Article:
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Differentiation of Cerebellar Hemisphere Tumors: Combining Apparent Diffusion Coefficient Histogram Analysis and Structural MRI Features.

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Background and purpose

We aimed to develop a diagnostic algorithm for differentiation of cerebellar hemisphere tumors, combining Apparent Diffusion Coefficient (ADC) histogram analysis and structural imaging features.


Pretreatment MRI of patients with pathologically proven cerebellar hemisphere neoplasms were reviewed. Voxel-wise volumetric ADC histograms of tumor solid components were determined. Histogram variables, patients' age, and structural imaging features were applied to develop a differential diagnosis algorithm.


Among 142 patients, the most common tumors were metastasis (n = 54), hemangioblastoma (n = 39), pilocytic astrocytoma (n = 18), and medulloblastoma (n = 9). On ADC histogram analysis, medulloblastomas had the lowest, and pilocytic astrocytomas had the highest ADC values. An ADC 15th percentile value < 580 × 10-6 mm2 /s could differentiate medulloblastomas from other cerebellar hemisphere tumors with receiver operating characteristic (ROC) area under the curve (AUC) of .98 (P < .001). Comparing the two most common adult cerebellar hemisphere tumors (metastases and hemangioblastomas), hemangioblastomas had higher ADC values; and an ADC 90th percentile value > 2000 × 10-6 mm2 /s could identify hemangioblastomas with ROC AUC of .82 (P < .001). Along with ADC histogram and patients' age, structural imaging features including enhancement pattern, prominent vascular flow voids, surrounding FLAIR hyperintensity, and solid component T2 signal hyperintensity were independent differentiation variables in the diagnostic algorithm.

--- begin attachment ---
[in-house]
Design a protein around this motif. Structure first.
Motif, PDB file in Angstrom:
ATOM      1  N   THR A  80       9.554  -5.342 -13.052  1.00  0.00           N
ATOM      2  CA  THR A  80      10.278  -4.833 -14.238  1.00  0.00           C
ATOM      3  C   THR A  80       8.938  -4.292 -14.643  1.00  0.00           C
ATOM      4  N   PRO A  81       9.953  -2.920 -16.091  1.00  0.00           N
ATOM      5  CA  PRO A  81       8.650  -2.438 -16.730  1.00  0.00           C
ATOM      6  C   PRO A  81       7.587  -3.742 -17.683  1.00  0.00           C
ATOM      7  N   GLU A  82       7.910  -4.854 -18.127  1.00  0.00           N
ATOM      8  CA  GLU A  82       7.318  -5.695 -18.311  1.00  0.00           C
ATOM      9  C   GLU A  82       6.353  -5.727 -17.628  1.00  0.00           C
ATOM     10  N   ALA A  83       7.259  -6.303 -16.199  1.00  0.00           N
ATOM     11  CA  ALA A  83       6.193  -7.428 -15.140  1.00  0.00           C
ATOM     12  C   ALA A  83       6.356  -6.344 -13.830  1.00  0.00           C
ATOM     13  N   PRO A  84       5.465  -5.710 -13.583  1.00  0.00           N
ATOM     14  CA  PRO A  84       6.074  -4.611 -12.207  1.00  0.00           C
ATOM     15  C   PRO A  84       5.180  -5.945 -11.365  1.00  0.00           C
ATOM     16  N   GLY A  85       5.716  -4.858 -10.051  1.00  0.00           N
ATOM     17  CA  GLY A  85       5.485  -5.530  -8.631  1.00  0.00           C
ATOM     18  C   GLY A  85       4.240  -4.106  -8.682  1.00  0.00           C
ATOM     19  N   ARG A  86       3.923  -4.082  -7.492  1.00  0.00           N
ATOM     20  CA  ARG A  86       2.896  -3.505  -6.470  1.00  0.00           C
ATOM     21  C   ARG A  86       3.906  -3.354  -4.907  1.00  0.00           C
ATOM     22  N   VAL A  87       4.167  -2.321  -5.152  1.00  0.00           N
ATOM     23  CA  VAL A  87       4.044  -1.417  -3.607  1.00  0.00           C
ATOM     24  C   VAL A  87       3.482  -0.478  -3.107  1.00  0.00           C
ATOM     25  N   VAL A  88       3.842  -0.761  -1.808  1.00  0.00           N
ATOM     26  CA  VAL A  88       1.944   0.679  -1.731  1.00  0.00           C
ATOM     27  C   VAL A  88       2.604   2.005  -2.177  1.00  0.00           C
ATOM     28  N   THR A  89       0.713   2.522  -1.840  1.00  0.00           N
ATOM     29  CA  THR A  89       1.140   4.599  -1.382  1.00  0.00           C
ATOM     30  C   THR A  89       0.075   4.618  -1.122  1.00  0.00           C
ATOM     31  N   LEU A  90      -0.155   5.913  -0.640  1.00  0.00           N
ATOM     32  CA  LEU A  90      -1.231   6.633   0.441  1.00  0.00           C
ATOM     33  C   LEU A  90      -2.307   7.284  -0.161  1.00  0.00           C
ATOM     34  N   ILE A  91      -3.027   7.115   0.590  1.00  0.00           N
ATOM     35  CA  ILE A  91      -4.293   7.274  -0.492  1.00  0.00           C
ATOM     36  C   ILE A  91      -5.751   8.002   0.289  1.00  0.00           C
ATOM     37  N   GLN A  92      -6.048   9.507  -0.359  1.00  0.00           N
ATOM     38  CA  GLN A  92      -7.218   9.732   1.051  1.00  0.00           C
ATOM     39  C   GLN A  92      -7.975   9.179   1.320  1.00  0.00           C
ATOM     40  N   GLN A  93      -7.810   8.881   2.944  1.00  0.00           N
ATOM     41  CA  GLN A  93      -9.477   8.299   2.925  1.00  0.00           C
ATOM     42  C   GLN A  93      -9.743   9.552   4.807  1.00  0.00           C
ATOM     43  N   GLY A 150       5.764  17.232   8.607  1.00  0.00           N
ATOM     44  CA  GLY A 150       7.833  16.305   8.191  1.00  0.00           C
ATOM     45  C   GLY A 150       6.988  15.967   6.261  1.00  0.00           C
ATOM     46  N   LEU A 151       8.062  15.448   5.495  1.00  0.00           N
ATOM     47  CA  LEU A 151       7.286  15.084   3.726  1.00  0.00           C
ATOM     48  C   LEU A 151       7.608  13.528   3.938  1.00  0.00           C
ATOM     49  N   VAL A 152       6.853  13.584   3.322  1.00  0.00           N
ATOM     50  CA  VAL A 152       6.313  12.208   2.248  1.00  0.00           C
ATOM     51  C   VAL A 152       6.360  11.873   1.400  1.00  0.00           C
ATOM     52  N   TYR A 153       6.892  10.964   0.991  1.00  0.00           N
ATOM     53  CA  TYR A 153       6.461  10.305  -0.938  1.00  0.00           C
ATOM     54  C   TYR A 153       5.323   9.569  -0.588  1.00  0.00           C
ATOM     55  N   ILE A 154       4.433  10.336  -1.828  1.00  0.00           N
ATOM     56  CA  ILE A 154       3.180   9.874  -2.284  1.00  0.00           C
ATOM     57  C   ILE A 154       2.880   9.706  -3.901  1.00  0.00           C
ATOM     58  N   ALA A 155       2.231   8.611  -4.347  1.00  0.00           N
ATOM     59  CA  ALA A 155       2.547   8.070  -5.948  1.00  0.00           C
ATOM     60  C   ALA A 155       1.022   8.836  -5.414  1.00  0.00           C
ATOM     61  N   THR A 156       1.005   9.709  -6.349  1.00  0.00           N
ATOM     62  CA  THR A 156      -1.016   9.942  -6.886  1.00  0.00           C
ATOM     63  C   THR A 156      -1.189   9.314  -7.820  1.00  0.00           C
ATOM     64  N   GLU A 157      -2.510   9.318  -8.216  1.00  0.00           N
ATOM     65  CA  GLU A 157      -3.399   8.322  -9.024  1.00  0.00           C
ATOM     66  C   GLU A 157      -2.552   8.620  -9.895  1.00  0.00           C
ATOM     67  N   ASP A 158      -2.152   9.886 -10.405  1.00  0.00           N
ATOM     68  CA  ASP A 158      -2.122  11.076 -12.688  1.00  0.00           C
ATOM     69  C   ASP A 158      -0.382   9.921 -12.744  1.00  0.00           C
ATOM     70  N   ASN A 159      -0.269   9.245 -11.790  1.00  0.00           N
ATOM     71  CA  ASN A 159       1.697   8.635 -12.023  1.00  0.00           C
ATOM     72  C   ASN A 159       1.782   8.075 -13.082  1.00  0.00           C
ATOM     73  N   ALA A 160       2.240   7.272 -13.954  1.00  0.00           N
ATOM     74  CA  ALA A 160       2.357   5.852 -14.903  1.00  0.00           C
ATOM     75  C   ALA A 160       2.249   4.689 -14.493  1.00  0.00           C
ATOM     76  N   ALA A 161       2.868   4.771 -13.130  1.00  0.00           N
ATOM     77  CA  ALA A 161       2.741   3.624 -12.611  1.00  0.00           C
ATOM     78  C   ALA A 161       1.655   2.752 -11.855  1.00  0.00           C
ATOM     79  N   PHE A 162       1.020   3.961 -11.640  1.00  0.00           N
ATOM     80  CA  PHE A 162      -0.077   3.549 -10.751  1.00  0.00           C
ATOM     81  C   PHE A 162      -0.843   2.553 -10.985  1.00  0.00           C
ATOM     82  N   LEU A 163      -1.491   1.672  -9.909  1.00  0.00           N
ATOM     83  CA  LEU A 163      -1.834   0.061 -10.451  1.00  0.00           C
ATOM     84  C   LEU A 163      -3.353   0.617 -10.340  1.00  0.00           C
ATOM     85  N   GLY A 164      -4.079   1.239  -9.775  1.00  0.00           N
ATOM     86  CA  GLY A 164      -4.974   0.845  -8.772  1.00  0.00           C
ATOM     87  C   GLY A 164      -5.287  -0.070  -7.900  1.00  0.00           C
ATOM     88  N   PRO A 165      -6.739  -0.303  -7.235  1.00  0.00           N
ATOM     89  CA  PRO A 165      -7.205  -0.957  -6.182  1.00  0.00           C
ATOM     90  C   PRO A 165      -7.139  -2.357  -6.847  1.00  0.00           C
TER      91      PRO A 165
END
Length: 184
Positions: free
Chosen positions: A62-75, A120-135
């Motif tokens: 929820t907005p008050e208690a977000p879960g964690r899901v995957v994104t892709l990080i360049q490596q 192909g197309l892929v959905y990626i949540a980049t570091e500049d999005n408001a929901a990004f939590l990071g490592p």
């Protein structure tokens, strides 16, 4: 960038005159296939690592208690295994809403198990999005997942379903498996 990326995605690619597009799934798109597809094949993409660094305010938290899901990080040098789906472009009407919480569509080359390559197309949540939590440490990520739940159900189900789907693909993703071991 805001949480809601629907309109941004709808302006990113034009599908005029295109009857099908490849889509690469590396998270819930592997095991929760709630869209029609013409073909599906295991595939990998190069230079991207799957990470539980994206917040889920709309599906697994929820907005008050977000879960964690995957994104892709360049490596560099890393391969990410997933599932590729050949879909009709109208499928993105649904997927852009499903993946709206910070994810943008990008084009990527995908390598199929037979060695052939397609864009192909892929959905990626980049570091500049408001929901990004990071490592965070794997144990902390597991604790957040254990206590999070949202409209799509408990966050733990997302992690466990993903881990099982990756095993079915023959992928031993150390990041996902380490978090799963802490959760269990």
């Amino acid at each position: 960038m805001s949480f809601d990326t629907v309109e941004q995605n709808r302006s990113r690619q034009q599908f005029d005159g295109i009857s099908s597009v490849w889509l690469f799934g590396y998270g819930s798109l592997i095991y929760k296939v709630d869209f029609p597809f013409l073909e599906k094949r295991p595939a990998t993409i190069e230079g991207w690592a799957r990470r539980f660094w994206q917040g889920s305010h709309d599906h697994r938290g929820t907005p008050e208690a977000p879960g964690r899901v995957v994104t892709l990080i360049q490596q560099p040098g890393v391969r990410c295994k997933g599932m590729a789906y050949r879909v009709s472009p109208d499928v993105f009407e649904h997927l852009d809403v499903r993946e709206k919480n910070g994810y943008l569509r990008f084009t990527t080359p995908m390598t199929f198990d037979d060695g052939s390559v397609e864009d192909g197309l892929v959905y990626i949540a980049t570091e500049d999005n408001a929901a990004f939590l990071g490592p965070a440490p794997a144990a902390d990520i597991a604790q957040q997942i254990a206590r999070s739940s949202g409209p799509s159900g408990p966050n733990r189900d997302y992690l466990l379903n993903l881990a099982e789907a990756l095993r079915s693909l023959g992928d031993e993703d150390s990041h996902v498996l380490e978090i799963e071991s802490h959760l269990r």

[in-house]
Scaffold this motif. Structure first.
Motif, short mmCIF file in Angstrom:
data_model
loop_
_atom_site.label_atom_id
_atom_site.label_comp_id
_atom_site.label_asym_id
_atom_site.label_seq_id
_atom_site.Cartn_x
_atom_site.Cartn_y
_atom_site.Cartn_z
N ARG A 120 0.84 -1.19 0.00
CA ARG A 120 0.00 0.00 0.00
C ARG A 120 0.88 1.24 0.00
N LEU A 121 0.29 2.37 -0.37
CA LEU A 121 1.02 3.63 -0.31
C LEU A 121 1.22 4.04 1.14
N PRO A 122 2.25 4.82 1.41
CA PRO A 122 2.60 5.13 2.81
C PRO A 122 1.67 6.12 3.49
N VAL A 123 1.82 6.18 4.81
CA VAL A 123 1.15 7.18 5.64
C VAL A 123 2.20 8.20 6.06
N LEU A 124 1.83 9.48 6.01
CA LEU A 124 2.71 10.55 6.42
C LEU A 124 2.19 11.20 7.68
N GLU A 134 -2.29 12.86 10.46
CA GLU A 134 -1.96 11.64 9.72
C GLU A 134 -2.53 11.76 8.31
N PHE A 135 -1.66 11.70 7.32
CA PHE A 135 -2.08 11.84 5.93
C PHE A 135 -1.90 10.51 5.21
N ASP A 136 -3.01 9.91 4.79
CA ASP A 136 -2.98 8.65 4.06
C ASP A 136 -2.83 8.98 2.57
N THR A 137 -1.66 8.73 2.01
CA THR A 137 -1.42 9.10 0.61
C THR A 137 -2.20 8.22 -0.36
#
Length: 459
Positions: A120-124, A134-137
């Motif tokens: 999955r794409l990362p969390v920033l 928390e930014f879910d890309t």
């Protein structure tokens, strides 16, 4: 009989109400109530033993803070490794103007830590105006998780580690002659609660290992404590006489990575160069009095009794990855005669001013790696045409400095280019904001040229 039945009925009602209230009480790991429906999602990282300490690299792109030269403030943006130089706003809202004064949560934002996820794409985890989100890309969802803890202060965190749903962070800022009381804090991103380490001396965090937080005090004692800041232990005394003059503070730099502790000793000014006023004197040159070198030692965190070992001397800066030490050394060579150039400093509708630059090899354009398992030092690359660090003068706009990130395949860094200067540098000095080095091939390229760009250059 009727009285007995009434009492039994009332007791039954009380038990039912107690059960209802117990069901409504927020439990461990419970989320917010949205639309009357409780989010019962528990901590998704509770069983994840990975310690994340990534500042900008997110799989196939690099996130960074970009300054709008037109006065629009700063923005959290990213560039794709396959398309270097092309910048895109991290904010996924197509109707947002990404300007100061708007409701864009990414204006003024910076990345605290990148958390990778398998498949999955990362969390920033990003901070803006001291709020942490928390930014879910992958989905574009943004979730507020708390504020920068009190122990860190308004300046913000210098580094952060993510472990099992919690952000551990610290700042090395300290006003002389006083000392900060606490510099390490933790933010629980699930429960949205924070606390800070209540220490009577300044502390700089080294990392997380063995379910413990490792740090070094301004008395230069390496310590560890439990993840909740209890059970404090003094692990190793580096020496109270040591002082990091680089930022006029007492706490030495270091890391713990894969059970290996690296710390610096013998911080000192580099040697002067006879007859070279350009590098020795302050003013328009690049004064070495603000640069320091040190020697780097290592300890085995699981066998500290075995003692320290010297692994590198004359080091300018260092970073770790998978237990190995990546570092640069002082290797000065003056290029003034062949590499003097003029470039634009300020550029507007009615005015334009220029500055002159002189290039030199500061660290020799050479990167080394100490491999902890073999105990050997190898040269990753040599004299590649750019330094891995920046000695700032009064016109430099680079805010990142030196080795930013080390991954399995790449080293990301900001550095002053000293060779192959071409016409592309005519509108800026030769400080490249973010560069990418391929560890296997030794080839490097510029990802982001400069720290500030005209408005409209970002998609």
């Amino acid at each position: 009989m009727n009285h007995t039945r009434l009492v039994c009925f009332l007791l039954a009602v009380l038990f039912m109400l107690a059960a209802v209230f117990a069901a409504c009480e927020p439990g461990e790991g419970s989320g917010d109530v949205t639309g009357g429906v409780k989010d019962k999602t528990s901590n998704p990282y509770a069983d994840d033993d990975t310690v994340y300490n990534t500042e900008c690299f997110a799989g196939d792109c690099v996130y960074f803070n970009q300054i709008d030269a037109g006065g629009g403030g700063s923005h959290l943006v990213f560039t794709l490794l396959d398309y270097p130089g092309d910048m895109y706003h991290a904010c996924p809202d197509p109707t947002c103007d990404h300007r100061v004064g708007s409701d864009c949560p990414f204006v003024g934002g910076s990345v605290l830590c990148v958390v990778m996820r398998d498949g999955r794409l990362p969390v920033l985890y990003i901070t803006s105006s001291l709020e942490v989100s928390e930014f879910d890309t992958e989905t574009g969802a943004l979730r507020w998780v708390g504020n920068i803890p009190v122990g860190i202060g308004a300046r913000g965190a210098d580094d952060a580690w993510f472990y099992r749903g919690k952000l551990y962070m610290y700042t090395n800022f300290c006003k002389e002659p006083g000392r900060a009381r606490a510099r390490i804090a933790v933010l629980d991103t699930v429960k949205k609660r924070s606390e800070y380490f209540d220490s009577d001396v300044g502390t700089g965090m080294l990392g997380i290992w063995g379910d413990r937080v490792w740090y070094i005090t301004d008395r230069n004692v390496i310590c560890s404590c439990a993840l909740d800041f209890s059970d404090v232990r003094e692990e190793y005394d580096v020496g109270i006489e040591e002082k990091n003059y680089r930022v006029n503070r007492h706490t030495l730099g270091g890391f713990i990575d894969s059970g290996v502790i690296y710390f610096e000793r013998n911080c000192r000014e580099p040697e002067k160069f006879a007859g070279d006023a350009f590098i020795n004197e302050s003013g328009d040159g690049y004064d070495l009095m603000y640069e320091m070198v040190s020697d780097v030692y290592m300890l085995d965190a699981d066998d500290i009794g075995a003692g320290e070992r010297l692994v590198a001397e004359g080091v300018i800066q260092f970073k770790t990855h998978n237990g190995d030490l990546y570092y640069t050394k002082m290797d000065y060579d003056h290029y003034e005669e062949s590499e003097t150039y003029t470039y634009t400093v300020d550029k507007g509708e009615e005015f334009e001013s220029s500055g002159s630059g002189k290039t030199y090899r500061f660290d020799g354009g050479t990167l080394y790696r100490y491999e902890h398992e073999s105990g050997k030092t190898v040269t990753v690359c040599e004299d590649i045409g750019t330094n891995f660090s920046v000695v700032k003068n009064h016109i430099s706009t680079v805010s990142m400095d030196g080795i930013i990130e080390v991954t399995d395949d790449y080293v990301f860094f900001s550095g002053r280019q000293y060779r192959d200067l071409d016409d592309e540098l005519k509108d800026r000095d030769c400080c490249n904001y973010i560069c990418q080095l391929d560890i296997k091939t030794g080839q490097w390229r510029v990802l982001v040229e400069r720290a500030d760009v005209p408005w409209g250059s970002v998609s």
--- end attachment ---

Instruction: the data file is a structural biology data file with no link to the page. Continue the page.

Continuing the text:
In pretreatment differentiation of cerebellar tumors, the ADC histogram analysis is particularly helpful for distinction of medulloblastomas from other subtypes, and differentiation of the two most common adult tumors (ie, metastases and hemangioblastomas) from each other. Combination of structural imaging features and ADC histogram analysis can help with pretreatment differentiation of cerebellar tumors.

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